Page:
I am worried this answer will crater the discussion that continues on the previous thread, so I’m opening a new thread to discuss Dennett’s lecture on his book Freedom Evolves. I know it is sort of stupid to post about this when I haven’t read the book yet, but oh well. Consider this a post about the lecture.
Daniel Dennett – Freedom Evolves – a Dangerous Idea Part 1 (9:55)
Daniel Dennett – Freedom Evolves – a Dangerous Idea Part 2 (9:58)
Daniel Dennett – Freedom Evolves – a Dangerous Idea Part 3 (10:01)
Daniel Dennett – Freedom Evolves – a Dangerous Idea Part 4 (9:59)
Daniel Dennett – Freedom Evolves – a Dangerous Idea Part 5 (9:48)
Daniel Dennett – Freedom Evolves – a Dangerous Idea Part 6 (3:01)
Dennett starts by concededing the obvious implications of determinism. Yes, a Laplacian Demon could calculate everything that will every happen, yes, there is only one future which is inevitable. However, he argues that once a person comes along who can see a brick coming, imagine the future of being hit by the brick, and duck so as to avoid being hit, this introduces an element of evitability to the universe which otherwise does not exist (inevitable=unavoidable; evitable=avoidable).
It is almost so obvious as to be insulting, but the use of inevitable and evitable in this analysis is entirely equivocal and appears to be intentionally designed to obfuscate. Based on his own analysis, the fact that he ducked to avoid the brick is inevitable and his being hit by the brick was evitable because of his inevitable duck. If there is no word game involved here may God strike me down.
So, let’s move on the what I think his real point is. He is demonstrating that from the standpoint of the person, getting hit by a brick was avoided and it was avoided by something that person did. Since we all experience the world from a perspective like that brick ducker, this shows that the things we do really have consequence in the world. Furthermore, because he used an example of a person imagining the future and ducking based on that imagination, he has provided an example which will show that people are free whereas other kinds of things (like rocks and machines) are not.
I would suggest that the evitability he is hinging his argument on is present in everything that has ever happened, so it is not particularly special. It is always true that a different thing could have happened if one participant in the event had behaved differently. These “other things that could have happened” are thus avoided at every turn. The fact that our parts in the causal chain represent real causes with consequence is maybe the most obvious bedrock position of compatibilism ever, so I understand it, but I don’t think it represents a contribution to the field.
The interesting part of his solution flows from his insistence that only certain kinds of events count as “avoidance.” Specifically, it is the events in which someone consciously tried to avoid a certain thing and then succeeded. This is crafty because it means only things like humans can be free, which is what we all want. It also leads to all of your demands about computational and counter-factual robustness. What I just said is perhaps slightly too restrictive, because he seems to be comfortable talking about chess playing programs as real “avoiders” of checkmate (and, thus free). I haven’t read his book (so please correct me if I’m wrong), but based on his presentation it appears that a thing qualifies as being free if it is purposeful. Something can be purposeful (1) if it was designed to serve a certain purpose (like a chess program) or (2) if it has a conscious desire and can purposefully act to realize that desire (like a person does).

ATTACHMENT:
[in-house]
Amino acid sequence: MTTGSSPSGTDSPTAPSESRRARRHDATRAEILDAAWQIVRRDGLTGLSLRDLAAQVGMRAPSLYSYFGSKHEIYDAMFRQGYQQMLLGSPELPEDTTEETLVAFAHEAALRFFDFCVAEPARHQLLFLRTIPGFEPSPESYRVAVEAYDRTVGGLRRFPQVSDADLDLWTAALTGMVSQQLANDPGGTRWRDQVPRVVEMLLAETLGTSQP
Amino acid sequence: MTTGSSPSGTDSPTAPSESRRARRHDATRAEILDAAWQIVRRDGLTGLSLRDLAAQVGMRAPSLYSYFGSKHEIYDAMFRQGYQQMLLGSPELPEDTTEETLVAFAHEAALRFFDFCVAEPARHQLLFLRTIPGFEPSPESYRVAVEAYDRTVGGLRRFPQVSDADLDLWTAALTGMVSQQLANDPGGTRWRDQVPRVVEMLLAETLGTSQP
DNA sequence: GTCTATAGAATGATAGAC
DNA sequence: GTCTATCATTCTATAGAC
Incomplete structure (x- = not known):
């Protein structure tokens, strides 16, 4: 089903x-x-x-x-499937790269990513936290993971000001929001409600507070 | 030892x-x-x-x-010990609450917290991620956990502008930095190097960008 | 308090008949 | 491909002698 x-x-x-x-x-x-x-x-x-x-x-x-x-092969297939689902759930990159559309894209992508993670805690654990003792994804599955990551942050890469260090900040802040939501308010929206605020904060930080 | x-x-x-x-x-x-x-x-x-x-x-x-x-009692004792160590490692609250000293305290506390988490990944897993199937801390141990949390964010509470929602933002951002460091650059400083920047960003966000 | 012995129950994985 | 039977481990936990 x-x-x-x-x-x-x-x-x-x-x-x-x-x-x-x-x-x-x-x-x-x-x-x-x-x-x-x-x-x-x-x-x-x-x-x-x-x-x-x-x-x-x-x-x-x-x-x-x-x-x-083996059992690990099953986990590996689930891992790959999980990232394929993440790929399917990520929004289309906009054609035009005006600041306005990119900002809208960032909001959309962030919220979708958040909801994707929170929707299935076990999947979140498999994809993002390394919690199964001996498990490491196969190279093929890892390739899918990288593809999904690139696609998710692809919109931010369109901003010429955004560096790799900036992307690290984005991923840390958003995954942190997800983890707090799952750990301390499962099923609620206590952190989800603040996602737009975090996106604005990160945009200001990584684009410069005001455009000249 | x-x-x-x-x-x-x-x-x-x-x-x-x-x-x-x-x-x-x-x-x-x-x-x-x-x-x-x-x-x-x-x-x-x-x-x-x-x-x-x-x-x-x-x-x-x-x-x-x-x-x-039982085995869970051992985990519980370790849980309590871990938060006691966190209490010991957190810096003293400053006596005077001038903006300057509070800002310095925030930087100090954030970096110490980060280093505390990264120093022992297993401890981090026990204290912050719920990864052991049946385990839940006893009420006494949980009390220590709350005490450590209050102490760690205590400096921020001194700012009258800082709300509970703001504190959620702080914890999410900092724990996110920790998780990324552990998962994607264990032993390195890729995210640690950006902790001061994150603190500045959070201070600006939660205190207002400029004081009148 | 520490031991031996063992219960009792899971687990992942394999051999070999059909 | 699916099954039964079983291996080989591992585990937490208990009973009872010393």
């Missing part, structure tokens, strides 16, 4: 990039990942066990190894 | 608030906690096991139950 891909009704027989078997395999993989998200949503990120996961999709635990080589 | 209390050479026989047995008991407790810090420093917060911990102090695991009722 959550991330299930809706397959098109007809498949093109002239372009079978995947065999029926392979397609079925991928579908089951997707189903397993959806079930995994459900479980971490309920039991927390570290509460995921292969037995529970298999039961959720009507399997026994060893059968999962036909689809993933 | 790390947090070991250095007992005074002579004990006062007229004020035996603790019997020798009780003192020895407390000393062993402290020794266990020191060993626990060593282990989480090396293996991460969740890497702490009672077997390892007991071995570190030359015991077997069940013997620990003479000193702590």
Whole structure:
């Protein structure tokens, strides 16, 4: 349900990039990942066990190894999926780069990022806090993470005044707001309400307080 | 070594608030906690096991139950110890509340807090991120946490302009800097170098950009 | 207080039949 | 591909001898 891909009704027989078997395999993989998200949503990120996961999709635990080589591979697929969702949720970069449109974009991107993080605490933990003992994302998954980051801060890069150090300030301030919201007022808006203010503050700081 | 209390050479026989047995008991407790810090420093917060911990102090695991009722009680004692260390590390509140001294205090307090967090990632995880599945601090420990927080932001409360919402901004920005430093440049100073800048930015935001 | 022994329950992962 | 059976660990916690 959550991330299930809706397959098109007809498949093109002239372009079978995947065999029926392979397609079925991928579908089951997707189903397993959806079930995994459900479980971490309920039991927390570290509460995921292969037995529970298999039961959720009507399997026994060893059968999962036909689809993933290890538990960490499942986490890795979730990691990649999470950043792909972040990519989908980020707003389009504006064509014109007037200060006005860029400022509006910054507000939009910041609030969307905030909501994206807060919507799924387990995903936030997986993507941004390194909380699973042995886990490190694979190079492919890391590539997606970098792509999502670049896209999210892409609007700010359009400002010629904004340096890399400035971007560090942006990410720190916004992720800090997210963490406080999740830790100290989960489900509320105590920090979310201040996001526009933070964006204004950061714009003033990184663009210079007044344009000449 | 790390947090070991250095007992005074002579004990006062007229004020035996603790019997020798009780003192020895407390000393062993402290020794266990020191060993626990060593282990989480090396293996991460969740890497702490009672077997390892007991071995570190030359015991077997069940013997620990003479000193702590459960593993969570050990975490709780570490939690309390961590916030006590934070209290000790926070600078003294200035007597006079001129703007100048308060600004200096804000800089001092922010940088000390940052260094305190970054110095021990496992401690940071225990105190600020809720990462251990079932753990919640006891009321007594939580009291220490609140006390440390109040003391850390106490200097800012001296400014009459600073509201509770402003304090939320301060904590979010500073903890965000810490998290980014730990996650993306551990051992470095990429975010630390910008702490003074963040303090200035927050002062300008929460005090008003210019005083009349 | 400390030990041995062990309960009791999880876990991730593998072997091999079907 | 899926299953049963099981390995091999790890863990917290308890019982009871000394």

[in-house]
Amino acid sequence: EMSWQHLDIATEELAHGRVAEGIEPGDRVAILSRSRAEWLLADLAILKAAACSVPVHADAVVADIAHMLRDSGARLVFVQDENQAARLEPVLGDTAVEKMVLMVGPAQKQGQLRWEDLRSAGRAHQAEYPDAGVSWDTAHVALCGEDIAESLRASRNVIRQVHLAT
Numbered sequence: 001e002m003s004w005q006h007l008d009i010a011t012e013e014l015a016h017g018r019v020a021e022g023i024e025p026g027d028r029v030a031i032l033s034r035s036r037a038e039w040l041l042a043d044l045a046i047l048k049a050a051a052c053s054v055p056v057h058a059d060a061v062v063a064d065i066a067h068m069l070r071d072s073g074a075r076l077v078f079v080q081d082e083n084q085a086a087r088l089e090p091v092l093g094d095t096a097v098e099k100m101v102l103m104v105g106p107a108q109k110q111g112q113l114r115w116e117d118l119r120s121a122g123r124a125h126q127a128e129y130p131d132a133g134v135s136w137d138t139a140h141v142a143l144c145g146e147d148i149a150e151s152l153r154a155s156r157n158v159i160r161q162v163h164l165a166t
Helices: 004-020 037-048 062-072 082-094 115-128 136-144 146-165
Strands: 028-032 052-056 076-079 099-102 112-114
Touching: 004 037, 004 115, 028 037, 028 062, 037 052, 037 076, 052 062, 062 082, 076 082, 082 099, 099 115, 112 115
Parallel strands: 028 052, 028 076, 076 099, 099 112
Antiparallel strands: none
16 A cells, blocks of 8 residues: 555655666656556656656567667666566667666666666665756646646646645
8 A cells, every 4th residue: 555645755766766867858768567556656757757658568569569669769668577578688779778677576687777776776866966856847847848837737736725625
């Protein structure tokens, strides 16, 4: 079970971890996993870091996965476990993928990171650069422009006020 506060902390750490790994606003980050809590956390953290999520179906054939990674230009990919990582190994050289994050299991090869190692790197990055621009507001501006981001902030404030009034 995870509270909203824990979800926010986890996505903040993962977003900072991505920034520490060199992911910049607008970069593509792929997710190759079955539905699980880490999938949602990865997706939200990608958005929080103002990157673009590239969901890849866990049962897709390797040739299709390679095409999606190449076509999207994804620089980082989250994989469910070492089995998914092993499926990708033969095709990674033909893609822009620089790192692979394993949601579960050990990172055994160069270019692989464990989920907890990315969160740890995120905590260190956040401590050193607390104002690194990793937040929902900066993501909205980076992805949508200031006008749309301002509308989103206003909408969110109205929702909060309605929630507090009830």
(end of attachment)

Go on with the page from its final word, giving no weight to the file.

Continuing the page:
Notice, however, that something need not be computational to fit that requirement. It could be a simple filter or sorter. Imagine a machine that has a single file line of bananas coming down it on a conveyor belt. It has an optical sensor that can gauge the color of the banana and if one of the bananas appears to brown, it swings its mechanical arm across so as to guide the brown banana to the banana bread factory on the right then back again to let the yellow and green bananas go to the left where they will be sold in Vons. This machine creates “evitability” in the same way as the person ducking to miss a brick. Without this optical sensor and mechanical arm, it was inevitable that a brown banana would end up in the yellow/green banana bucket, but now that this machine evolved an optical sensor and a mechanical arm brown bananas in the wrong bucket can be avoided. Brown bananas in the wrong bucket is now “evitable.” This should qualify as a a machine with free will according to Dennett’s argument.
Now, let’s suppose that instead of an optical sensor and a mechanical arm, the machine is sorting walnets by size (small and large) and it has a long shoot with small holes in it. The walnuts roll along and by the end of the shoot all the small ones have fallen through holes into the bucket for small walnuts and the big ones drop out the end of the shoot into the bucket for big walnuts. This also seems to qualify as creating evitability and freedom according to Dennett’s criteria.
We can keep simplifying the machine and it seems that as long as the machine serves a certain purpose we can describe that purpose in terms of avoiding a certain outcome and the machine will qualify as being free. All of his talk about competence is meaningful only in the context of accomplishing a certain purpose. As far as I can tell from his lecture, having a purpose is the principle ingredient of freedom.
The interesting thing is to talk about what moral responsibility and accountability mean in a framework like the one Dennett suggests, but before we open that can of worms, where have I gone wrong so far in representing his argument for what constitutes freedom?